Hide/Skin Approximate Quantity or Percentage of Fatliquor:The quantities of fatliquor (fat and oil) contents retained in the hide/skin after an universal modern tannery fatliquoring process may varies up to 14% depending on the leather types and it usage. This percentage drops as the fat and oil content diminishes or leaches through ageing, water, heat or chemical overexposure.Leather rejuvenating or fatliquor replenishing is base on weight of the hide/skin in relation to the percentage of remaining fatliquor. A simple calculation of percentage of fatliquor topping up requirement would be as follows:If the weight of the hide/skin in question is 100gm and fatliquor (fat and oil) content meter reading is less than 1%.By applying 80gm of Fatliquor-5.0 to it will deliver an end result incremental of 13.3% fatliquor when dry as the 66.6% water contents evaporates.In the hide/skin rejuvenating Hydrator-3.3 > Fatliquor-5.0 > Hydrator-3.3 system, Hydrator-3.3 plays an important role by relaxing, opening up the inter-fibrillary spaces, facilitating and redistributing colloidal water movement, protonating and doing all the pre-conditioning work prior to fatliquoring including cleaning up any excess surface remnants to have a sticky-free surface. In practice with severe dryness the ratio for Hydrator-3.3 are 2 to 1 of Fatliquor-5.0.It works out to be approximately 160gm of Hydrator-3.3 plus 80gm of Fatliquor-5.0 to replenish a 100gm dry leather from less than 1% back to the original tannery up to 14% fatliquor content. Instruction: D1) Spray Fatliquor-5.0, with foam brush control for an even appearance. D2) Repeat application in between drying as the water contents evaporates until it’s saturated. D3) The fully saturated hide/skin is left for slow natural drying for extra softness. D4) Use Eraser-4 to remove wicks up residue and inspect for visual satisfaction.

    Sequence-5: E) Fiberglass Technique Repairs: Using donor hide/skin fiber repairs result in better appearance without a noticeable sub-patch. Fibers are scrape from surrounding thicker areas and used as cross laying across tears over the Bond-3D until satisfaction.

    Sequence-5: F) Sub-patch Repairs: F1) A half to one inch width on both sides of the tear is cut to shape and the center line is drawn as divider onto the sub-patch. F2) The lower tear side is first bond with the suede side of the patch press and let to dry before bonding the upper side of the tear. F3) Bond the other side and press to let it dry.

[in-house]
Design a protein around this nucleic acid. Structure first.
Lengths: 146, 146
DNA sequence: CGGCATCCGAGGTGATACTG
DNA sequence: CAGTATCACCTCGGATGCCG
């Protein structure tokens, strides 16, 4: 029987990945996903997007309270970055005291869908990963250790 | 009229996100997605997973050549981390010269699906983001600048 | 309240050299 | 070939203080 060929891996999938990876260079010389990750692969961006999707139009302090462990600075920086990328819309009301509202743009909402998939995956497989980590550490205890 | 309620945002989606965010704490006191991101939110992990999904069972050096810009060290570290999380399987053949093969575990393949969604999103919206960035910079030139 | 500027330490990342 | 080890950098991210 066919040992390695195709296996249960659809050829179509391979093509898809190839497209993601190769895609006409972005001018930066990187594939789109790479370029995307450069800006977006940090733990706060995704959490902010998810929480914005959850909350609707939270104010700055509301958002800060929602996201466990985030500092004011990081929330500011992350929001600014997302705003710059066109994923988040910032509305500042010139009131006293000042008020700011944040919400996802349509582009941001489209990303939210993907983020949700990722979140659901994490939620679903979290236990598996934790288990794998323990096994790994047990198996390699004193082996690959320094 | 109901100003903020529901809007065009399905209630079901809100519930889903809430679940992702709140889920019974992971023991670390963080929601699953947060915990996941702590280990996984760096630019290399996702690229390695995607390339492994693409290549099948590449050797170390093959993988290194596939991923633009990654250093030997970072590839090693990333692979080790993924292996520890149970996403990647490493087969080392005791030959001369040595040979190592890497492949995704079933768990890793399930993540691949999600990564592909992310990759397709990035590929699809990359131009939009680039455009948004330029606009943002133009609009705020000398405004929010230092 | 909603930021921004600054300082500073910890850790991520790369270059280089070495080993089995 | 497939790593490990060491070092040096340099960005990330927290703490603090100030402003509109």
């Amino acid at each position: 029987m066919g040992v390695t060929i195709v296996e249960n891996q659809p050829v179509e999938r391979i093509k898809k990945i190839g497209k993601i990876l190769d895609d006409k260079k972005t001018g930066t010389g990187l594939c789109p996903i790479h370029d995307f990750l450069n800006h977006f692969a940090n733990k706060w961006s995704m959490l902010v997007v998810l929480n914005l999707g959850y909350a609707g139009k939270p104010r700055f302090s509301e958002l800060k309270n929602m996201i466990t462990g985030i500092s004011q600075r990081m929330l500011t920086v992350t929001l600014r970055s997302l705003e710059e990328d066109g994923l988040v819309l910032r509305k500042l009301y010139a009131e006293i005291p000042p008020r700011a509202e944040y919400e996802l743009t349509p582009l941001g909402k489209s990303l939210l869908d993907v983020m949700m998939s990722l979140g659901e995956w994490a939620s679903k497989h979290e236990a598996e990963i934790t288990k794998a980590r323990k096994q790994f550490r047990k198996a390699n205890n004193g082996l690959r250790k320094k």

Hair Side Cleaning and Conditioning:

    Sequence-6: G) Dry Soil Removal: Instruction: G1) Vacuum off foreign soiling with help of suede Brush-3.

    Sequence-7: H) Wet Soil Removal:Instruction: H1) Apply CleanHair-5.5, brush along the lay of hair in one direction and towel extract until it shows clean. H2) Spray RinseHair-4.0 and towel extract to a squeaky clean. H3) Let natural drying and dry towel wipe of wick-up soiling.

    Sequence-8: I) Non-Stick, Rub-Resistant Protection: Instruction: I1) Shake well, mist spray Protector-S+ evenly and brush-in with towel to pick up soiling at the same time. I2) When dry thereafter groom with suede Brush-3 or a slick comb for best appearance and it is ready for use.

  6. #6
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    Thank yo for your reply. If you think this kit will save the zebra skin, I would like to get. The skin is already very clean, but if you suggest I clean it further, I will. Please tell me how to get the kit. Also, before it used to hang on the wall. The wall has new drywall and fresh paint. Is it advisable to hang it there again? And how would I do it? It had been nailed to the wall and I would prefer not to nail it again if there is another option.